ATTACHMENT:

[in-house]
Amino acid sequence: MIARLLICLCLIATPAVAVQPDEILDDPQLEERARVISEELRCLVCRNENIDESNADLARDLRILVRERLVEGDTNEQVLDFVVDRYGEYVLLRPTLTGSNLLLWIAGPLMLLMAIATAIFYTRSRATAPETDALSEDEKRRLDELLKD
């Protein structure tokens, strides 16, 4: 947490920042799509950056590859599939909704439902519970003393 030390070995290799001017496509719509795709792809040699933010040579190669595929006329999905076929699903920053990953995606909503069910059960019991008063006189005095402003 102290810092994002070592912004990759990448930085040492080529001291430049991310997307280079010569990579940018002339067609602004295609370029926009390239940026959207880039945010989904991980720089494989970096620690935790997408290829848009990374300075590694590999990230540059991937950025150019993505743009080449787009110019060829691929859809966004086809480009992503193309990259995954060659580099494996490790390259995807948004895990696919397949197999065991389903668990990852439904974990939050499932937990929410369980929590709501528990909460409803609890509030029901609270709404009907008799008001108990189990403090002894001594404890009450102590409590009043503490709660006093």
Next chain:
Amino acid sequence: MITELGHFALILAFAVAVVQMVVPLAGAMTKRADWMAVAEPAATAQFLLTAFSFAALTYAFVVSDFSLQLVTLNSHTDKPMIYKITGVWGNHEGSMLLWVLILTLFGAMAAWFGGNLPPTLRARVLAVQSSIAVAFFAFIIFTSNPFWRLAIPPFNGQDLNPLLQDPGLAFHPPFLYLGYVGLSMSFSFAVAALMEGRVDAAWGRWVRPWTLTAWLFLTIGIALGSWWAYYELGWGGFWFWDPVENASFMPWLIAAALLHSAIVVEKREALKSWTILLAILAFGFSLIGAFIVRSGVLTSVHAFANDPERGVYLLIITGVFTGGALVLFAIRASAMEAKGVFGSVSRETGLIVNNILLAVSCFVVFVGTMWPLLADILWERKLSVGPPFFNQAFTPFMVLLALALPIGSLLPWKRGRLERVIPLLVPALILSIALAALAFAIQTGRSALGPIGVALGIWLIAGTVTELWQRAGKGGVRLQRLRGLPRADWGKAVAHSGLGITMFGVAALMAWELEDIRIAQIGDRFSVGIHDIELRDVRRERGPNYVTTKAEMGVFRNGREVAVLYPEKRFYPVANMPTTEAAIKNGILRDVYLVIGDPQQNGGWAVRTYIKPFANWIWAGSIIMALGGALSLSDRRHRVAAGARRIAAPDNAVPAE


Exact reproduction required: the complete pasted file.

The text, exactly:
[in-house]
Amino acid sequence: MIARLLICLCLIATPAVAVQPDEILDDPQLEERARVISEELRCLVCRNENIDESNADLARDLRILVRERLVEGDTNEQVLDFVVDRYGEYVLLRPTLTGSNLLLWIAGPLMLLMAIATAIFYTRSRATAPETDALSEDEKRRLDELLKD
């Protein structure tokens, strides 16, 4: 947490920042799509950056590859599939909704439902519970003393 030390070995290799001017496509719509795709792809040699933010040579190669595929006329999905076929699903920053990953995606909503069910059960019991008063006189005095402003 102290810092994002070592912004990759990448930085040492080529001291430049991310997307280079010569990579940018002339067609602004295609370029926009390239940026959207880039945010989904991980720089494989970096620690935790997408290829848009990374300075590694590999990230540059991937950025150019993505743009080449787009110019060829691929859809966004086809480009992503193309990259995954060659580099494996490790390259995807948004895990696919397949197999065991389903668990990852439904974990939050499932937990929410369980929590709501528990909460409803609890509030029901609270709404009907008799008001108990189990403090002894001594404890009450102590409590009043503490709660006093």
Next chain:
Amino acid sequence: MITELGHFALILAFAVAVVQMVVPLAGAMTKRADWMAVAEPAATAQFLLTAFSFAALTYAFVVSDFSLQLVTLNSHTDKPMIYKITGVWGNHEGSMLLWVLILTLFGAMAAWFGGNLPPTLRARVLAVQSSIAVAFFAFIIFTSNPFWRLAIPPFNGQDLNPLLQDPGLAFHPPFLYLGYVGLSMSFSFAVAALMEGRVDAAWGRWVRPWTLTAWLFLTIGIALGSWWAYYELGWGGFWFWDPVENASFMPWLIAAALLHSAIVVEKREALKSWTILLAILAFGFSLIGAFIVRSGVLTSVHAFANDPERGVYLLIITGVFTGGALVLFAIRASAMEAKGVFGSVSRETGLIVNNILLAVSCFVVFVGTMWPLLADILWERKLSVGPPFFNQAFTPFMVLLALALPIGSLLPWKRGRLERVIPLLVPALILSIALAALAFAIQTGRSALGPIGVALGIWLIAGTVTELWQRAGKGGVRLQRLRGLPRADWGKAVAHSGLGITMFGVAALMAWELEDIRIAQIGDRFSVGIHDIELRDVRRERGPNYVTTKAEMGVFRNGREVAVLYPEKRFYPVANMPTTEAAIKNGILRDVYLVIGDPQQNGGWAVRTYIKPFANWIWAGSIIMALGGALSLSDRRHRVAAGARRIAAPDNAVPAE